Poverty & Safety Net

Public Comments to the Ohio Department of Medicaid on the Proposed Medicaid Work Requirement Waiver

March 12, 2018
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Loren Anthes, Public Policy Fellow, Medicaid Policy CenterINTRODUCTIONPursuant to Ohio Revised Code §5166.37, [1] the Ohio General Assembly has mandated the Ohio Department of Medicaid seek federal approval for an 1115 Demonstration Waiver imposing work requirements on individuals covered through Medicaid via the Group VIII expansion. Pursuant to law established in the Patient Protection and Affordable Care Act, and further articulated in federal rule,[2] the state and federal governments must collect and respond to public comment.

The Center for Community Solutions opposes the proposal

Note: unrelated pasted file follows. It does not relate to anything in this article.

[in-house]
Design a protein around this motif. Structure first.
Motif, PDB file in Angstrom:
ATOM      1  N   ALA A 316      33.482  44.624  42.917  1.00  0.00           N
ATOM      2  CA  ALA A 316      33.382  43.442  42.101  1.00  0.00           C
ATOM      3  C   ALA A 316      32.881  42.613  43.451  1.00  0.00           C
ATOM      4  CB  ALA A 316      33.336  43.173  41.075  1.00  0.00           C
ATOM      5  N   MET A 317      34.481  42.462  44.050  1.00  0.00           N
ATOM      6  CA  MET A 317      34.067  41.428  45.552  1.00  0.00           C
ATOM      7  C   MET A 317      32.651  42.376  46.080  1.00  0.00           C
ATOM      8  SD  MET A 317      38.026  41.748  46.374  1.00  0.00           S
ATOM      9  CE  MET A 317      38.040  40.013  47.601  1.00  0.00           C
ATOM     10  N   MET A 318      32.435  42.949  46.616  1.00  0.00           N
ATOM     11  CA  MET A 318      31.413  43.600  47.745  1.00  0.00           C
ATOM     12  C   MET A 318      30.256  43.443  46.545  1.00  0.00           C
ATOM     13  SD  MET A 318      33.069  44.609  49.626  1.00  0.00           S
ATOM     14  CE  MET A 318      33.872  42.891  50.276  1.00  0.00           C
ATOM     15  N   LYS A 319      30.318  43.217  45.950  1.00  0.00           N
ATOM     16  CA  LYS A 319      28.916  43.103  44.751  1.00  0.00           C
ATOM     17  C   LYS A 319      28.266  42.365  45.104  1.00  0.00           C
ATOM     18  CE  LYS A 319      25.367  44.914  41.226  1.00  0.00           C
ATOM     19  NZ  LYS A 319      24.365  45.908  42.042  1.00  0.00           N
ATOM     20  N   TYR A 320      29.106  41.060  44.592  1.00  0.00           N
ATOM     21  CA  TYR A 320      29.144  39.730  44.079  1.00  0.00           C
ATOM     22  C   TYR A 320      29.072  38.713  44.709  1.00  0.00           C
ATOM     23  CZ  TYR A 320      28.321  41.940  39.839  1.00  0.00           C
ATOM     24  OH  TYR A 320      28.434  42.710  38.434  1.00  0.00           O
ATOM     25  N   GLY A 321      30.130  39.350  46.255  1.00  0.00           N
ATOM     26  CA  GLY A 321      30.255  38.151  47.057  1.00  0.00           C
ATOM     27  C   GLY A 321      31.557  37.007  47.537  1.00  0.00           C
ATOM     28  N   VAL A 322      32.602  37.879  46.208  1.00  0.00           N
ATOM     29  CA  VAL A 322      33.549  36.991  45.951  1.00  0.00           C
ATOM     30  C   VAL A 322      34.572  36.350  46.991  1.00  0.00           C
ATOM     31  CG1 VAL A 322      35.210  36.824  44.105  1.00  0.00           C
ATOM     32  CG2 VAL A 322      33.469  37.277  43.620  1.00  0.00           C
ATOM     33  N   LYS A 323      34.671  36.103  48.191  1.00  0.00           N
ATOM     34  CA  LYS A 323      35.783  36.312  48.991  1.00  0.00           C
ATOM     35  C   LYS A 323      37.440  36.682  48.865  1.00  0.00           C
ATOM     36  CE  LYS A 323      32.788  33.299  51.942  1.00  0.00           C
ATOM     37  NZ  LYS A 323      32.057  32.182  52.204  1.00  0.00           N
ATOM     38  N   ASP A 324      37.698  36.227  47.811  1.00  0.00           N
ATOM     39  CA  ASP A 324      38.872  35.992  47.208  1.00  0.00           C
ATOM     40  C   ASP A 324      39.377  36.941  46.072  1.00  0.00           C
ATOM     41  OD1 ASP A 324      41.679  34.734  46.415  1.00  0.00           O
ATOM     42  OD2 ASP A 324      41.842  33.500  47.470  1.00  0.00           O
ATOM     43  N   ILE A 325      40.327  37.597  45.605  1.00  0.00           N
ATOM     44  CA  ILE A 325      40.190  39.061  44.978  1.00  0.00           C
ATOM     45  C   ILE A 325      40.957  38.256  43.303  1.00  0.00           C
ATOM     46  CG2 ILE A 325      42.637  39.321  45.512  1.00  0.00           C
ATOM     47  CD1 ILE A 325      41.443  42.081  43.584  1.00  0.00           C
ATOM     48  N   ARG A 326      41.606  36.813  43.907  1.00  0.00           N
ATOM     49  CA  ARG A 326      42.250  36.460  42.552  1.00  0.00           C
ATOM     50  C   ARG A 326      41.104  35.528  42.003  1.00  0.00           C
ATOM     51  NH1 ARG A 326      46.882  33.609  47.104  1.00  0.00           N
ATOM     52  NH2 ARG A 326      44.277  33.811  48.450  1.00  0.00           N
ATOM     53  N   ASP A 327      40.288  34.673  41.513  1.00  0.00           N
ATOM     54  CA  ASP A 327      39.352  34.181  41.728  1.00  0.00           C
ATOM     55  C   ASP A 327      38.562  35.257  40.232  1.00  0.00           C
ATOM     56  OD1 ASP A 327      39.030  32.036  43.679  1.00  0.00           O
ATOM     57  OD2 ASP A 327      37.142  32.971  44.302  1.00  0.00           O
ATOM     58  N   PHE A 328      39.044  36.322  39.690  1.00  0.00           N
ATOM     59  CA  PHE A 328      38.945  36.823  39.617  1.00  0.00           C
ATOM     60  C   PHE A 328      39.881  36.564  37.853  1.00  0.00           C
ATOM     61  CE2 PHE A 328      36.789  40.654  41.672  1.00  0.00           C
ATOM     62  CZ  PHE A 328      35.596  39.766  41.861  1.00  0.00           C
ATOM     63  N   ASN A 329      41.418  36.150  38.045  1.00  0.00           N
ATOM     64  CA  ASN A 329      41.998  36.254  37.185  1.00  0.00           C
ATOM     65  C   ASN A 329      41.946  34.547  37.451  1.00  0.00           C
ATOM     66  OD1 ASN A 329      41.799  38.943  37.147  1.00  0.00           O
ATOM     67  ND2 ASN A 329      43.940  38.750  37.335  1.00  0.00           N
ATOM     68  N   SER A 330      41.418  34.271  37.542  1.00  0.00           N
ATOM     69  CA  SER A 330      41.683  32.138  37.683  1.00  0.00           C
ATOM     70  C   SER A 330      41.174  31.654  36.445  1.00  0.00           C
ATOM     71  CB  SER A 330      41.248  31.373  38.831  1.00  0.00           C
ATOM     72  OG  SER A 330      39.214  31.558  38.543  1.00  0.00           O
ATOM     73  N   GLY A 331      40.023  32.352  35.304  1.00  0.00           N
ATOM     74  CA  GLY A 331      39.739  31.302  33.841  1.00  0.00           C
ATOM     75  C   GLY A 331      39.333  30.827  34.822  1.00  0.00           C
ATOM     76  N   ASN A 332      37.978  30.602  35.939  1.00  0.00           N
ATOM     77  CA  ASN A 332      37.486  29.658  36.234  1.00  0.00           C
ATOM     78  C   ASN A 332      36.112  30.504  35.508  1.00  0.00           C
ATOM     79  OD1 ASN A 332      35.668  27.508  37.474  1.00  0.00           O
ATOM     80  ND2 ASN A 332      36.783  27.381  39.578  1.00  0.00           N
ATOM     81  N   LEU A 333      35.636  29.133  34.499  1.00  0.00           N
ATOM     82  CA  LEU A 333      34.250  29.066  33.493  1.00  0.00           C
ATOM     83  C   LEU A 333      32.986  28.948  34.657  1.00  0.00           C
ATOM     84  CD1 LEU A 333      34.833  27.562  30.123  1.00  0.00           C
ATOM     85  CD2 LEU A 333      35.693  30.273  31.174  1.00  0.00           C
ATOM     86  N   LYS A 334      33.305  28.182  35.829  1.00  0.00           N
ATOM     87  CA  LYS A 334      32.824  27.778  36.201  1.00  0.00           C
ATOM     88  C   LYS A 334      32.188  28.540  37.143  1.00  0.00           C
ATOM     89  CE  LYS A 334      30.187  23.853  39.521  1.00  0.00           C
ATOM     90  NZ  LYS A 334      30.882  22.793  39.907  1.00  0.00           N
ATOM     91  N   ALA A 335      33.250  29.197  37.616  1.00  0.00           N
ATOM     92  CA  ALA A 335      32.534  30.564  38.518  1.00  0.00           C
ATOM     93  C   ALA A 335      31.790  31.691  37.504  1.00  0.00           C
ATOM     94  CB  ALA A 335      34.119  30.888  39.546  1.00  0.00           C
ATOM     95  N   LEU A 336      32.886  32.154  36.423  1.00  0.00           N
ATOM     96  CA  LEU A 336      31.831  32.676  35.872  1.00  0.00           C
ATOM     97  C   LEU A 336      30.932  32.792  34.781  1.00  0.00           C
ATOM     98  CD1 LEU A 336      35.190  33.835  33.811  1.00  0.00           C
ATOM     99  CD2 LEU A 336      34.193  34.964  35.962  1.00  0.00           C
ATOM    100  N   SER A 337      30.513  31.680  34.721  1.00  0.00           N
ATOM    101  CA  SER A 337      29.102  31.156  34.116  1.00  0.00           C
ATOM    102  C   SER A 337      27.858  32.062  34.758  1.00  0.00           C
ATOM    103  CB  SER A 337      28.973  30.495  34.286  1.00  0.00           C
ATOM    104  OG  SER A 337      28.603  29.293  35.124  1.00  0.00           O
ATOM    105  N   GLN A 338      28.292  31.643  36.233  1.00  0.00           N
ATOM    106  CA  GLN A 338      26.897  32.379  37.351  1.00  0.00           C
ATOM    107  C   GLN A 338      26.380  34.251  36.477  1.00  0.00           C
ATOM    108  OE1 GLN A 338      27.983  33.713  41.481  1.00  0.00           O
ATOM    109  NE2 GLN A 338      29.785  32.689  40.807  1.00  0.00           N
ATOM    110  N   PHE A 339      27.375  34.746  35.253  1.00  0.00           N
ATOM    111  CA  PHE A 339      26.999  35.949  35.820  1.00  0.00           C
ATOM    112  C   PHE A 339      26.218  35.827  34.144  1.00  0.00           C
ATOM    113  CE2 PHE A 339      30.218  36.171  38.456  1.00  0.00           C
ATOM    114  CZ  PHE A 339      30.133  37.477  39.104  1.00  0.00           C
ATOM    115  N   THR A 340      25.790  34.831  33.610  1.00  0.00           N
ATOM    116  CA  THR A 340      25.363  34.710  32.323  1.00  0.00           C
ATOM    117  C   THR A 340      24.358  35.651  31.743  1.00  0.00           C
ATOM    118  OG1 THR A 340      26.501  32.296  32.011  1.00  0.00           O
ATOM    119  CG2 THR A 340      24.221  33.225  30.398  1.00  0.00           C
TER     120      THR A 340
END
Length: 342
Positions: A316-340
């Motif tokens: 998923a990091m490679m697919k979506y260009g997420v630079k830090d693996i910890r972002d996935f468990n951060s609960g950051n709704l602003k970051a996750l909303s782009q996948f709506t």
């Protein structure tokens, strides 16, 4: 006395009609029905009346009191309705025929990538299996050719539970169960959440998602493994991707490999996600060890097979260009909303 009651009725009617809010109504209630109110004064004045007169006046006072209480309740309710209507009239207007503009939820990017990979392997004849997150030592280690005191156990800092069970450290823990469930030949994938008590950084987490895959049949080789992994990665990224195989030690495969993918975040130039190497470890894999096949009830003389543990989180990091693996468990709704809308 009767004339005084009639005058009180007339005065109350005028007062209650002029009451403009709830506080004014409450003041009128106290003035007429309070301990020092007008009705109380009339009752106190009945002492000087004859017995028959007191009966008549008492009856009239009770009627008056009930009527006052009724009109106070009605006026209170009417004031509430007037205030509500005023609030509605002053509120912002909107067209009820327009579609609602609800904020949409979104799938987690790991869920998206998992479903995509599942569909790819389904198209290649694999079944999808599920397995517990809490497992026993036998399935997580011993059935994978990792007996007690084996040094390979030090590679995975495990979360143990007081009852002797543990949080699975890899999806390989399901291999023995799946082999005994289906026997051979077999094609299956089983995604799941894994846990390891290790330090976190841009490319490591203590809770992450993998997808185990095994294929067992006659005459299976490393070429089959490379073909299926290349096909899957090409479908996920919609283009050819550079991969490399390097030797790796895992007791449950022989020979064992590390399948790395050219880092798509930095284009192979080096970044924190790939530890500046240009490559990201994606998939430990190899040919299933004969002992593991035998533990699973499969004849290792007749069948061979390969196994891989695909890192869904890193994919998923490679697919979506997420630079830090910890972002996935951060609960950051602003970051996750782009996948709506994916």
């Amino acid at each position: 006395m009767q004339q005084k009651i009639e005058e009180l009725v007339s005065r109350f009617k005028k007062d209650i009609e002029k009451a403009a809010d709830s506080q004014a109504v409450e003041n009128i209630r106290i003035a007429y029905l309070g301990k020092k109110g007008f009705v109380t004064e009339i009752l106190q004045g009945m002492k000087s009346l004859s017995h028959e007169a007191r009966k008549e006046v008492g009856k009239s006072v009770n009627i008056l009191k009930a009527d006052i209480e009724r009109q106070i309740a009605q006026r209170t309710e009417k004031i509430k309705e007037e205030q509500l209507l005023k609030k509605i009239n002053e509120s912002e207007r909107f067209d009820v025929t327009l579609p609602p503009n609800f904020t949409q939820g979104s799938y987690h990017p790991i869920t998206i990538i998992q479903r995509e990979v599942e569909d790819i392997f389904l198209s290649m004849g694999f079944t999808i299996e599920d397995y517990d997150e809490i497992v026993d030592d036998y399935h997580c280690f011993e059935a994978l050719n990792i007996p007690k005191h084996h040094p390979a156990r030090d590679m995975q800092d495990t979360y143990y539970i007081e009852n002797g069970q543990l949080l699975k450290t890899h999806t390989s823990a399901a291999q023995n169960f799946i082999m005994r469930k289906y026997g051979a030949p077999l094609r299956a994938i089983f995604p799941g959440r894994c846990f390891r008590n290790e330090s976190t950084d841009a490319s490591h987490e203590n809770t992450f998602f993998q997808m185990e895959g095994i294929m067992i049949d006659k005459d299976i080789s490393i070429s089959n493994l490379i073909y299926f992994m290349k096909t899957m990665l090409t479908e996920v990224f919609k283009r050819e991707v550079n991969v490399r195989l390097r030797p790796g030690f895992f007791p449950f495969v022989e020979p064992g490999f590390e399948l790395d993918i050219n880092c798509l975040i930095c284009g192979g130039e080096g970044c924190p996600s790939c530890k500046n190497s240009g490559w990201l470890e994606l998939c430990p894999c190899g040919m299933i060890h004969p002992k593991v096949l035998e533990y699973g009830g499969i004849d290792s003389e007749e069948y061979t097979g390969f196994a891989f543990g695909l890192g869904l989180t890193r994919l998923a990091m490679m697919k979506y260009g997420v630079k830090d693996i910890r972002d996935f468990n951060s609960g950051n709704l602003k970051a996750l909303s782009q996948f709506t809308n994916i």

The following document represents the public comment from the Center for Community Solutions in regards to the state’s proposal before submission to the Department of Health and Human Services and the Centers for Medicare and Medicaid Services. Ohio’s proposal, known as the “Group VIII Work Requirement and Community Engagement 1115 Demonstration Waiver,” represents an unfunded, legally questionable, mandate that fails to meet the essential purpose of Medicaid to provide medical assistance. As such, the Center for Community Solutions opposes the proposal.WAIVER DESIGNBACKGROUNDIn June 2017, the Ohio General Assembly created state law which requires the Medicaid Director to establish a waiver under which an individual made eligible through expansion be required to meet at least one of the following requirements(A) Be at least fifty-five years of age(B) Be employed(C) Be enrolled in school or an occupational training program(D) Be participating in an alcohol and drug addiction treatment program(E) Have intensive physical health care needs or serious mental illnessIn December of 2017, the Centers for Medicare and Medicaid Services (CMS) released information revising the 1115 Waiver Application and Approval guidelines. This revision was without public comment or input. The revision included transitioning the standards of evaluation from four principles to six as denoted in the following table. In January of 2018, CMS issued a State Medicaid Director letter SMD: 18-002 which provided guidance to states on how to implement 1115 Waivers that could incentivize Medicaid beneficiaries to participate in work and community engagement activities.[3] In this guidance, CMS takes the unprecedented position that requiring work and volunteering as an element of eligibility correlates to better health outcomes and is, therefore, consistent with federal law established in the Social Security Act. This guidance goes on to outline what would be required of states, including eligibility alignment with other entitlement programs such as Temporary Assistance for Needy Families (TANF) and the Supplemental Nutrition Assistance Program (SNAP). Notably, this alignment highlights the consideration of exemptions for certain populations, protections for the disabled, as well as the qualifications for, and variability and availability of, work and community engagement activities. CMS also recognizes that many who will be asked to adhere to this new eligibility requirement may require supports to achieve the mandate and, what’s more, that economic considerations beyond the individual’s control must be contemplated in the state’s application. It should be noted that funding for these activities is prohibited.Beyond this specific guidance, CMS continues many of the aspects of traditional waiver oversight, including the need for evaluation and assurances of compliance with other standards in law, including the Americans with Disabilities Act (ADA) and transparency. Explicitly, CMS requires states test hypotheses that include assessments of process, outcome measures and track information regarding lapses in eligibility.OHIO’S PROPOSALOn February 16th, the state of Ohio released its proposed waiver, holding two public hearings on February 21st and March 1st, with the comment period closing March 18th.[4] To comply with the state and federal guidance, the state is proposing that all individuals who are eligible for Medicaid under the expansion be included in the waiver.